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Special Symposium to Honor Memory of Bryan E. Kohler


Special Symposium to Honor Memory of Bryan E. Kohler

(March 22, 1999)

A special symposium dedicated to the memory of Bryan E. Kohler, a world renowned physical chemist at the University of California, Riverside who died in 1997, is scheduled for Monday, March 22, through Thursday, March 25, at the 217th American Chemical Society National Meeting in Anaheim.

"Linear Conjugated Polyenes: A Celebration of the Scientific Career of Bryan Earl Kohler" will include presentations from nearly 30 scientists from around the nation on the topic of polyene spectroscopy, a very active area of research and one in which Dr. Kohler was world renowned. Bruce S. Hudson, a professor of chemistry at Syracuse University, organized the symposium.

Linear conjugated polyenes represent a type of long-chain organic molecule common in both natural and synthetic systems. For example, naturally occurring linear conjugated polyenes are involved in important interactions with light, specifically visual pigments such as those in the retina and carotenoids that are important in photosynthesis, the process that plants use to generate energy. In addition, there are several important synthetic photo reactions that involve linear conjugated polyenes, including the method for production of vitamin D in milk.

Dr. Kohler was a professor of chemistry at UCR from 1985 until his death at the age of 56. Prior to joining UCR, he was a faculty member at Harvard University and Wesleyan University.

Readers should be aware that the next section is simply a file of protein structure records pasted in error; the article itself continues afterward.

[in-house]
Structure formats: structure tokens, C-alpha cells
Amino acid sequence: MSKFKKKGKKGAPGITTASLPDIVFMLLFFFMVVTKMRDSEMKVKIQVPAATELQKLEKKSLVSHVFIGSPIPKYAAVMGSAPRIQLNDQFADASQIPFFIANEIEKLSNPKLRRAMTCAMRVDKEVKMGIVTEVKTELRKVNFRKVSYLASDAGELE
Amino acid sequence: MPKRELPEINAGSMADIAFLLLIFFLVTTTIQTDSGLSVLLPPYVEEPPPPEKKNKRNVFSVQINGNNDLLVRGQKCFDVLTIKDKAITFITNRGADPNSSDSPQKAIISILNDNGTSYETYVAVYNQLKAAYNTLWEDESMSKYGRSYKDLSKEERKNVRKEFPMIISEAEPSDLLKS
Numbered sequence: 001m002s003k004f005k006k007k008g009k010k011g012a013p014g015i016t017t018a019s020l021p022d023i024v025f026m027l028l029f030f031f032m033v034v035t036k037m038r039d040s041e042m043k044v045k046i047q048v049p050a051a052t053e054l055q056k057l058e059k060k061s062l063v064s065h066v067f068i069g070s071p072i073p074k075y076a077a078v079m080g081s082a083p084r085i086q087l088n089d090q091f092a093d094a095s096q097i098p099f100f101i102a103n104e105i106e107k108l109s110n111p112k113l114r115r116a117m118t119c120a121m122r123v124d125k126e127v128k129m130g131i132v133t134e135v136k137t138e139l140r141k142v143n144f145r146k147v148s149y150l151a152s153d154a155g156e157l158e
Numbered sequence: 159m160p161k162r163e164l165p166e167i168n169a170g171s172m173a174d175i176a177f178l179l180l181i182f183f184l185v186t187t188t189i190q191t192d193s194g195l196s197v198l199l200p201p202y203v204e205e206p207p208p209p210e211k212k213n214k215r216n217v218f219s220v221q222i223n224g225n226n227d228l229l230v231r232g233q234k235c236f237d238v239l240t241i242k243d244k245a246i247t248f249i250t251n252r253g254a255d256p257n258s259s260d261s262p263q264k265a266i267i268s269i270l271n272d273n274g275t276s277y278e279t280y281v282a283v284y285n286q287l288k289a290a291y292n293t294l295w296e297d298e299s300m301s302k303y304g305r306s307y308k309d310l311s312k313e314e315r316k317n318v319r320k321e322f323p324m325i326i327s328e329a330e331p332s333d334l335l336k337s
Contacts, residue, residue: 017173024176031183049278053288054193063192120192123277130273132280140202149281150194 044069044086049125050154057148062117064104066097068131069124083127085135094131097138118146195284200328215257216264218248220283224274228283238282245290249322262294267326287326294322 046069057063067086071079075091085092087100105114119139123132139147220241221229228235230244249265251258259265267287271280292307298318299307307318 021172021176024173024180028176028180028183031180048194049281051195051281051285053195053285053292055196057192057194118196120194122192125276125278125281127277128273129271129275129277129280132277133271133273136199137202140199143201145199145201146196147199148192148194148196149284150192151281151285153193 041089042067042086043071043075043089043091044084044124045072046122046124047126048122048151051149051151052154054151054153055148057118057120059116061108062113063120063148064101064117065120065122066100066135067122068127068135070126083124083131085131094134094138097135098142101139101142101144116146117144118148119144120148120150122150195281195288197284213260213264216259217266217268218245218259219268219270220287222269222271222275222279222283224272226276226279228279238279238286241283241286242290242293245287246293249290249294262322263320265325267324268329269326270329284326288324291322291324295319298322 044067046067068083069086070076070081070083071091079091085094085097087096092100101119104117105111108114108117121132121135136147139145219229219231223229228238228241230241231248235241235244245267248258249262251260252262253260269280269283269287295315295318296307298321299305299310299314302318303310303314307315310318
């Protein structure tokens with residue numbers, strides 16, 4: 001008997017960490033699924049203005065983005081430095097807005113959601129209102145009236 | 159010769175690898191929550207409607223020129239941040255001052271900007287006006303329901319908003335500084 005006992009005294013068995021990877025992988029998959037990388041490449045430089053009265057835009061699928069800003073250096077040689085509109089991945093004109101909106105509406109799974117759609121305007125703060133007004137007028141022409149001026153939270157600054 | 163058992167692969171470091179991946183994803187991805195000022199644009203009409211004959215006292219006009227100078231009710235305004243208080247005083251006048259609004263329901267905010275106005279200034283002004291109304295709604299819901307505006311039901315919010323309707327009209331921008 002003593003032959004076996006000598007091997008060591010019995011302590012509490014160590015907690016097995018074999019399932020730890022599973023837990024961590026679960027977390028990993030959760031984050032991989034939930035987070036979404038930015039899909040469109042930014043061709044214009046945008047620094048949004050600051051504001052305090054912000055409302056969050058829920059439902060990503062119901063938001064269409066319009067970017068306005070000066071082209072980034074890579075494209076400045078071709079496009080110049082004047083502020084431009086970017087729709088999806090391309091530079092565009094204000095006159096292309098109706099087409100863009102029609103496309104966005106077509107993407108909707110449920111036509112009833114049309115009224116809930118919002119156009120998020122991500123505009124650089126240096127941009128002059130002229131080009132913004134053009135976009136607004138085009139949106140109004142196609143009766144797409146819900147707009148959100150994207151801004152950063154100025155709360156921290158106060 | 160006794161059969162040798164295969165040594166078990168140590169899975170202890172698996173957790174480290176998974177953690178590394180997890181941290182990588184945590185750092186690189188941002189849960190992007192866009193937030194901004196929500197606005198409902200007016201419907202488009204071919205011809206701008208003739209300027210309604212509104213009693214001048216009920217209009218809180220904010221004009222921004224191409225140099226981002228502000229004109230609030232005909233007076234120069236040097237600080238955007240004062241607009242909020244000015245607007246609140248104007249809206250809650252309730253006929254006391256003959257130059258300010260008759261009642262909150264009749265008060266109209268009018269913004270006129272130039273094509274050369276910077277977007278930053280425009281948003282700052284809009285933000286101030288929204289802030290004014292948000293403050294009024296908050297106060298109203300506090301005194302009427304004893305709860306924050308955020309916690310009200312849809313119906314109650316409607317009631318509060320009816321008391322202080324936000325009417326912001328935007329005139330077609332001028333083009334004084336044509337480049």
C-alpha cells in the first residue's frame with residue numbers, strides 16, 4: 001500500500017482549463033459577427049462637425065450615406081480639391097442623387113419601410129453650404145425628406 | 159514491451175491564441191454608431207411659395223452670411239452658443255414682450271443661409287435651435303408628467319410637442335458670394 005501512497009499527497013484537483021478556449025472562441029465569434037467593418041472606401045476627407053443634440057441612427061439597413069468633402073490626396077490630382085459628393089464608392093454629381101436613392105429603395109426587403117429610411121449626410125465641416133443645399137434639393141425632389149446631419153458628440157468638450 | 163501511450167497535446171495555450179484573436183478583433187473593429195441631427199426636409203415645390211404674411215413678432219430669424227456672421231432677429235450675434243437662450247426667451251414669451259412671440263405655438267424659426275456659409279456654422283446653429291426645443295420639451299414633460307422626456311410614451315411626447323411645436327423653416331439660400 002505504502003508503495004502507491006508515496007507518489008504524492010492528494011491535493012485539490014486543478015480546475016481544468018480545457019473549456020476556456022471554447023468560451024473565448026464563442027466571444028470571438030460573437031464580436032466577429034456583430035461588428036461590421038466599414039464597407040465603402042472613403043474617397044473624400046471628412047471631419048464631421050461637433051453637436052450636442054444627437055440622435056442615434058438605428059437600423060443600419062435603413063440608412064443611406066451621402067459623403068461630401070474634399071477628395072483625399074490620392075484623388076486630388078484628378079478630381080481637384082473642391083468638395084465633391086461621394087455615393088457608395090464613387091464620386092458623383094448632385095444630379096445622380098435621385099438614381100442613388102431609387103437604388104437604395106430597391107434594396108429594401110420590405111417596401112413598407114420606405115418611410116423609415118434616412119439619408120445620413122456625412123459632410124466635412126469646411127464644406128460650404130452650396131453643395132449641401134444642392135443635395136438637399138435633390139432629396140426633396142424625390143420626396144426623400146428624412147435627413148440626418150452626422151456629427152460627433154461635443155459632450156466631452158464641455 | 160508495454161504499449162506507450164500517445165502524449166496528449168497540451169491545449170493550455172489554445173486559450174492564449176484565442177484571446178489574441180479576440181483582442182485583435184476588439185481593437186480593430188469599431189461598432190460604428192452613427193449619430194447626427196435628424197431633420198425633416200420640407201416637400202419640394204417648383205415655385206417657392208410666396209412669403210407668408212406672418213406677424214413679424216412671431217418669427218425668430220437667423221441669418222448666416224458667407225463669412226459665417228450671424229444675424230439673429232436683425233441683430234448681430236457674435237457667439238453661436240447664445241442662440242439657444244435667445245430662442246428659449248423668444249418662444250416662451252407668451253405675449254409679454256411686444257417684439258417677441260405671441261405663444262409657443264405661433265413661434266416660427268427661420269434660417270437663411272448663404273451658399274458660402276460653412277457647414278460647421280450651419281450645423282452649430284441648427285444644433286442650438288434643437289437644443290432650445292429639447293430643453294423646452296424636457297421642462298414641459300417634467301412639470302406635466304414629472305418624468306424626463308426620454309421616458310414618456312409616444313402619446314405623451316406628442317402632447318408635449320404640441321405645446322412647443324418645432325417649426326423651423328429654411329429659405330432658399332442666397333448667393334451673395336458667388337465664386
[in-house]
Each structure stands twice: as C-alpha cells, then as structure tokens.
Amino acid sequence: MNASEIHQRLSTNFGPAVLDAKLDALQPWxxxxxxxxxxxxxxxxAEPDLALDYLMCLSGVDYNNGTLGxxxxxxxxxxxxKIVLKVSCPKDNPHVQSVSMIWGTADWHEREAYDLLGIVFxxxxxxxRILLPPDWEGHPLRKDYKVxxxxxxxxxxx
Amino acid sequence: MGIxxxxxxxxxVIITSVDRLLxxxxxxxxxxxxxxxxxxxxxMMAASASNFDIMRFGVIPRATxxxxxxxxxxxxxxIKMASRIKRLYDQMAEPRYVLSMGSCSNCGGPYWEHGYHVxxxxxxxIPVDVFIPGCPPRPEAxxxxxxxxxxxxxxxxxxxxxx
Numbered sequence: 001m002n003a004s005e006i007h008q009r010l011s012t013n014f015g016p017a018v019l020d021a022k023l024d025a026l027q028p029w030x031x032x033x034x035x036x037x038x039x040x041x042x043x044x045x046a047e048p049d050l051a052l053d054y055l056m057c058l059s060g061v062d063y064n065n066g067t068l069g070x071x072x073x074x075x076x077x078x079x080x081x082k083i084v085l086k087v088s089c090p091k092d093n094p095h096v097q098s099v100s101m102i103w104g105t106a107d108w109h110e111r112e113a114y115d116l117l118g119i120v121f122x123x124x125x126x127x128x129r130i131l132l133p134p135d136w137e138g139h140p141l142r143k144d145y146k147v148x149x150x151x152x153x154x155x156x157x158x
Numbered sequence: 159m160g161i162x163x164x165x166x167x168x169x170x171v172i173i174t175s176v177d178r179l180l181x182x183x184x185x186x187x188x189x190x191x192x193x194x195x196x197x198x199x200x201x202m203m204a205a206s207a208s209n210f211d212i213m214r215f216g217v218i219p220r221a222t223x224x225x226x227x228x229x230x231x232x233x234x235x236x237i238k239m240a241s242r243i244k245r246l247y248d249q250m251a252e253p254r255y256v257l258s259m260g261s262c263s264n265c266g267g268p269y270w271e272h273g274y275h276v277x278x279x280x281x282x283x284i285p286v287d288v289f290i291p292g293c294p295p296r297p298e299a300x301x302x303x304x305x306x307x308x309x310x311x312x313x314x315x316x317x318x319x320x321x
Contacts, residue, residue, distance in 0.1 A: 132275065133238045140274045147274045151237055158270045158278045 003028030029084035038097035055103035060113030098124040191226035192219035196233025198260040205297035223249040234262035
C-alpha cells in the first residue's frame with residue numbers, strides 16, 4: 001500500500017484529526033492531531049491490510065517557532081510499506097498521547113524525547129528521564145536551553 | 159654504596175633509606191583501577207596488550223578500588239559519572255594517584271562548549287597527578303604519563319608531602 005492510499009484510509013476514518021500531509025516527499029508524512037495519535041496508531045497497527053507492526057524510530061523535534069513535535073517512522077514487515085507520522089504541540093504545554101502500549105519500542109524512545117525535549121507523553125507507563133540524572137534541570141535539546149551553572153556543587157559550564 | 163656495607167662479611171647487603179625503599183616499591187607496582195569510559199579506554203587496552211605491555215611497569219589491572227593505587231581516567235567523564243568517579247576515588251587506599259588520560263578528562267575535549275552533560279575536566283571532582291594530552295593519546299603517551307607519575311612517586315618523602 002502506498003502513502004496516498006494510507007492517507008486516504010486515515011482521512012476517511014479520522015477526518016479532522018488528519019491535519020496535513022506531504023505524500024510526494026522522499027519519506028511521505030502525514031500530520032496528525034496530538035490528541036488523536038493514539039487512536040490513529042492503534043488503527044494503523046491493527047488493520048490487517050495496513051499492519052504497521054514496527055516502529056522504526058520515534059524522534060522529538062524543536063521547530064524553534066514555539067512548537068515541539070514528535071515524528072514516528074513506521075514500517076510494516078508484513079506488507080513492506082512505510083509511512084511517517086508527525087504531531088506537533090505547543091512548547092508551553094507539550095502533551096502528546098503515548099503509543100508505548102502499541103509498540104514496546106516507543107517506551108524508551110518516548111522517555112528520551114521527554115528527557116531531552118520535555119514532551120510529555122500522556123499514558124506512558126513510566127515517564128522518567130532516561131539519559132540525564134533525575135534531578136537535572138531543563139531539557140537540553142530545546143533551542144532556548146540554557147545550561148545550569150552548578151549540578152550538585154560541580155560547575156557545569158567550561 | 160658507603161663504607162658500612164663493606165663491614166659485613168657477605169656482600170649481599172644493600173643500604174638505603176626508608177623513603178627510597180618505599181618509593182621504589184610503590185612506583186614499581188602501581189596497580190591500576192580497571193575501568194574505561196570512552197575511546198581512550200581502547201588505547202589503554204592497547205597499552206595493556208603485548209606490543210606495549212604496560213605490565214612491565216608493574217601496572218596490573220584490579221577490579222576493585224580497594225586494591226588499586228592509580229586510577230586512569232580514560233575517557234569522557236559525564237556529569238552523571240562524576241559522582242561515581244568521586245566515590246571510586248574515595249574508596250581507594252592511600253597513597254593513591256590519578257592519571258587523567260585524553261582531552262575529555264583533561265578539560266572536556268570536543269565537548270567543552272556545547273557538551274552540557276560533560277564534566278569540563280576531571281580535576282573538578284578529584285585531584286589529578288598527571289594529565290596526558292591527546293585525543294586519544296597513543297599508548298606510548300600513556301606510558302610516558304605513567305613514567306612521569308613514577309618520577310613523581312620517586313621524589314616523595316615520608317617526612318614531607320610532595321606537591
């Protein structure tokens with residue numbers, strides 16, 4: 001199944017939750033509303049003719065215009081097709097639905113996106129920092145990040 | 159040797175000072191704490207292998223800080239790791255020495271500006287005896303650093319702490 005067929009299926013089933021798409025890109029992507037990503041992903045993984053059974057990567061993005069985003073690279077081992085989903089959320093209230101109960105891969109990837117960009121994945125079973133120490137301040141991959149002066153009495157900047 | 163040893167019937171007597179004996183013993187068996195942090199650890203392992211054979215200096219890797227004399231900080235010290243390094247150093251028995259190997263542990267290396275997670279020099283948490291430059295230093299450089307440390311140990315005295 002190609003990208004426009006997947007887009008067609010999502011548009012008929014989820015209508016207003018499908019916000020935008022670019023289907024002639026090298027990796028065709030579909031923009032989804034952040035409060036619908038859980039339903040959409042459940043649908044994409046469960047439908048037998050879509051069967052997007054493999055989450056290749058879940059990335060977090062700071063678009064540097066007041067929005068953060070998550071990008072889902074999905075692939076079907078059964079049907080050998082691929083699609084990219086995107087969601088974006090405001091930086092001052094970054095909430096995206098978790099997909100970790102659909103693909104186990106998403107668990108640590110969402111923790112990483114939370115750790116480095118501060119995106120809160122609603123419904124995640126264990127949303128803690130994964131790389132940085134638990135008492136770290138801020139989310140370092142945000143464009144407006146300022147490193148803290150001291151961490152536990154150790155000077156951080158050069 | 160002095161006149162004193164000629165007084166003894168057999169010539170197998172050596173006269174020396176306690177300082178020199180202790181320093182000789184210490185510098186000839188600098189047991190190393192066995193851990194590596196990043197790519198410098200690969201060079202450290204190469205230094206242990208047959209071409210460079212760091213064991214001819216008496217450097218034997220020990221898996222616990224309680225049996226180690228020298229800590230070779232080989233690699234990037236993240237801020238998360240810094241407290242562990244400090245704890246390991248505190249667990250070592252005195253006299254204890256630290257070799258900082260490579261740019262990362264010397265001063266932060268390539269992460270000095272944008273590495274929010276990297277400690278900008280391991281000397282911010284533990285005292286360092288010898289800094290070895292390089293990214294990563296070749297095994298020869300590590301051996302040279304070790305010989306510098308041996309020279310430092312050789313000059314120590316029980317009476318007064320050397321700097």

During a 30-year research career, Prof. Kohler established world leadership in studies of the interaction of light with linear conjugated polyenes. His laboratory exploited state-of-the-art laser technology and extremely low temperatures to study absorption and emission of light from isolated and cold molecules. Perhaps his most famous research accomplishment was the discovery of a totally unexpected new rule for understanding long-chain organic molecules, namely that these molecules absorb light in ways that are different from traditional expectations. The finding forced a major change of ideas that affects areas ranging from molecular electronic structure to modeling the photochemistry of biologically active polyenes such as vitamin D.

Symposium sessions will be held on Monday afternoon, Tuesday morning, Wednesday afternoon and all day Thursday at the Hyatt Regency Hotel.


The University of California, Riverside (www.ucr.edu) is a doctoral research university, a living laboratory for groundbreaking exploration of issues critical to Inland Southern California, the state and communities around the world. Reflecting California's diverse culture, UCR's enrollment has exceeded 21,000 students. The campus opened a medical school in 2013 and has reached the heart of the Coachella Valley by way of the UCR Palm Desert Center. The campus has an annual statewide economic impact of more than $1 billion.

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